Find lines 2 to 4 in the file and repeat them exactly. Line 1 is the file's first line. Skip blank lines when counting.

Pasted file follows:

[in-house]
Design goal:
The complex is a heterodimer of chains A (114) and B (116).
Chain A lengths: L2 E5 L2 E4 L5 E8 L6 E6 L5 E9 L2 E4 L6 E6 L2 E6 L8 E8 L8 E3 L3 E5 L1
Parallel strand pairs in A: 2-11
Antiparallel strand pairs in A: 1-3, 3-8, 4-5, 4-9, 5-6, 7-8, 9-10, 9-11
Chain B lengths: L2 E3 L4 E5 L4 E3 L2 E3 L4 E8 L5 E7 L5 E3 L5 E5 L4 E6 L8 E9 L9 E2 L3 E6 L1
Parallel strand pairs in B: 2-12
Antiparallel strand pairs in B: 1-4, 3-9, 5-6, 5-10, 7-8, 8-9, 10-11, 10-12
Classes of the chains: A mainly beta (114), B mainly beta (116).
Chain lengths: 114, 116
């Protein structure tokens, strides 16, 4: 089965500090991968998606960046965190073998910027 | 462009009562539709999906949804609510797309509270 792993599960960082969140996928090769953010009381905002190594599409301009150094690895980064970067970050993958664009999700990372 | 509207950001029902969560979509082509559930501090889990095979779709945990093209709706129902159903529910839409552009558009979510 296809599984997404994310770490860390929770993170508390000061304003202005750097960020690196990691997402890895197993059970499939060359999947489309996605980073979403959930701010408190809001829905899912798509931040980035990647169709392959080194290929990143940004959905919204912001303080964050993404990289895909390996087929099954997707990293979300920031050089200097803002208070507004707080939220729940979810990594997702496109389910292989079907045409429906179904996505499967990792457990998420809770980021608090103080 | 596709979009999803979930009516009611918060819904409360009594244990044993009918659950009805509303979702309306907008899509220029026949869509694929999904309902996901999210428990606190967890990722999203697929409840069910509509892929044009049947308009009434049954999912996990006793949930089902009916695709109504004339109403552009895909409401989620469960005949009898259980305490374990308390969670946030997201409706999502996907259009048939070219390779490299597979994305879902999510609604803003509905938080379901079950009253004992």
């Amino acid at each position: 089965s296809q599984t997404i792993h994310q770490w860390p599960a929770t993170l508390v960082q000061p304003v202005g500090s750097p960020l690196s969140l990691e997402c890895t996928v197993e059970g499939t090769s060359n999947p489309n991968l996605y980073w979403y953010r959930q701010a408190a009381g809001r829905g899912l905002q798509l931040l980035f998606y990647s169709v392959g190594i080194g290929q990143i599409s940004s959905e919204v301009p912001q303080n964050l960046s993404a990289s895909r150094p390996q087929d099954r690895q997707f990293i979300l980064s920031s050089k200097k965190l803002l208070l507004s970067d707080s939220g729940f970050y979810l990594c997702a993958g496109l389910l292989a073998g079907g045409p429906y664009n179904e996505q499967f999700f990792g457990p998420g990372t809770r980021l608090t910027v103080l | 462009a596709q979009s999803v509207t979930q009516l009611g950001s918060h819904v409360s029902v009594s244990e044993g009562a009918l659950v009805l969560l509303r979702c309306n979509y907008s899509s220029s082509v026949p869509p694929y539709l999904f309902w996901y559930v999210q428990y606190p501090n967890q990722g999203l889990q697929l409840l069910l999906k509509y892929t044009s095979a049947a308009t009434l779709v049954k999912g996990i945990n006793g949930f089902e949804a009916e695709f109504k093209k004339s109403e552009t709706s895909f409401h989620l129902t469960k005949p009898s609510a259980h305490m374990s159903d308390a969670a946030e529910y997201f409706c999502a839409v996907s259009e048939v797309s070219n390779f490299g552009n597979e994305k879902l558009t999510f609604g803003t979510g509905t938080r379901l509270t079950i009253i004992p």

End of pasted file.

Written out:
Design goal:
The complex is a heterodimer of chains A (114) and B (116).
Chain A lengths: L2 E5 L2 E4 L5 E8 L6 E6 L5 E9 L2 E4 L6 E6 L2 E6 L8 E8 L8 E3 L3 E5 L1